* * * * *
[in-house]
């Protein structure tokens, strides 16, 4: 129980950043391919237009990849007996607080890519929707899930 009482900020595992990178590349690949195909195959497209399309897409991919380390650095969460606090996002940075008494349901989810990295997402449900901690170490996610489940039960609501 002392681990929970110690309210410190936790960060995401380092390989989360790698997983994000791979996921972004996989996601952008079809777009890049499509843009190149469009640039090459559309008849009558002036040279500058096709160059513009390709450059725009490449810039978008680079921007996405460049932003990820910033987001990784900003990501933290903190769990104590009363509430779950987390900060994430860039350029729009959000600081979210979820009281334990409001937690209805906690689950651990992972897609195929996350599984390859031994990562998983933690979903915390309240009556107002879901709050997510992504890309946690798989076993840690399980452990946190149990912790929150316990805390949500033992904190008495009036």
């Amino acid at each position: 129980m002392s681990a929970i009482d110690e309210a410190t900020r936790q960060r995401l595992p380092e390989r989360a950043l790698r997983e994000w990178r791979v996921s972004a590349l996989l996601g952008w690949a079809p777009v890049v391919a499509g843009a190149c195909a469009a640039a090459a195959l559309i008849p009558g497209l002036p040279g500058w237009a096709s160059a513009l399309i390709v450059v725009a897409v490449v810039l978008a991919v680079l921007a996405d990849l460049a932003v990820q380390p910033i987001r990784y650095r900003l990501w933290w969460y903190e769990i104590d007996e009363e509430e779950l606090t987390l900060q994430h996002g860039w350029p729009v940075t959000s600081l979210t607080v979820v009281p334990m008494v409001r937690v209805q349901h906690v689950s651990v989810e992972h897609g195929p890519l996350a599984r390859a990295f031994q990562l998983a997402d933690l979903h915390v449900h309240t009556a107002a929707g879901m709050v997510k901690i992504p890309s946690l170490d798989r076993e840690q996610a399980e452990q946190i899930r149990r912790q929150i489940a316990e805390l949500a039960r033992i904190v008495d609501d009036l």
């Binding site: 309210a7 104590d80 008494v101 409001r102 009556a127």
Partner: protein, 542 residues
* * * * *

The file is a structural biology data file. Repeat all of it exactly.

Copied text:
[in-house]
């Protein structure tokens, strides 16, 4: 129980950043391919237009990849007996607080890519929707899930 009482900020595992990178590349690949195909195959497209399309897409991919380390650095969460606090996002940075008494349901989810990295997402449900901690170490996610489940039960609501 002392681990929970110690309210410190936790960060995401380092390989989360790698997983994000791979996921972004996989996601952008079809777009890049499509843009190149469009640039090459559309008849009558002036040279500058096709160059513009390709450059725009490449810039978008680079921007996405460049932003990820910033987001990784900003990501933290903190769990104590009363509430779950987390900060994430860039350029729009959000600081979210979820009281334990409001937690209805906690689950651990992972897609195929996350599984390859031994990562998983933690979903915390309240009556107002879901709050997510992504890309946690798989076993840690399980452990946190149990912790929150316990805390949500033992904190008495009036």
């Amino acid at each position: 129980m002392s681990a929970i009482d110690e309210a410190t900020r936790q960060r995401l595992p380092e390989r989360a950043l790698r997983e994000w990178r791979v996921s972004a590349l996989l996601g952008w690949a079809p777009v890049v391919a499509g843009a190149c195909a469009a640039a090459a195959l559309i008849p009558g497209l002036p040279g500058w237009a096709s160059a513009l399309i390709v450059v725009a897409v490449v810039l978008a991919v680079l921007a996405d990849l460049a932003v990820q380390p910033i987001r990784y650095r900003l990501w933290w969460y903190e769990i104590d007996e009363e509430e779950l606090t987390l900060q994430h996002g860039w350029p729009v940075t959000s600081l979210t607080v979820v009281p334990m008494v409001r937690v209805q349901h906690v689950s651990v989810e992972h897609g195929p890519l996350a599984r390859a990295f031994q990562l998983a997402d933690l979903h915390v449900h309240t009556a107002a929707g879901m709050v997510k901690i992504p890309s946690l170490d798989r076993e840690q996610a399980e452990q946190i899930r149990r912790q929150i489940a316990e805390l949500a039960r033992i904190v008495d609501d009036l």
């Binding site: 309210a7 104590d80 008494v101 409001r102 009556a127």
Partner: protein, 542 residues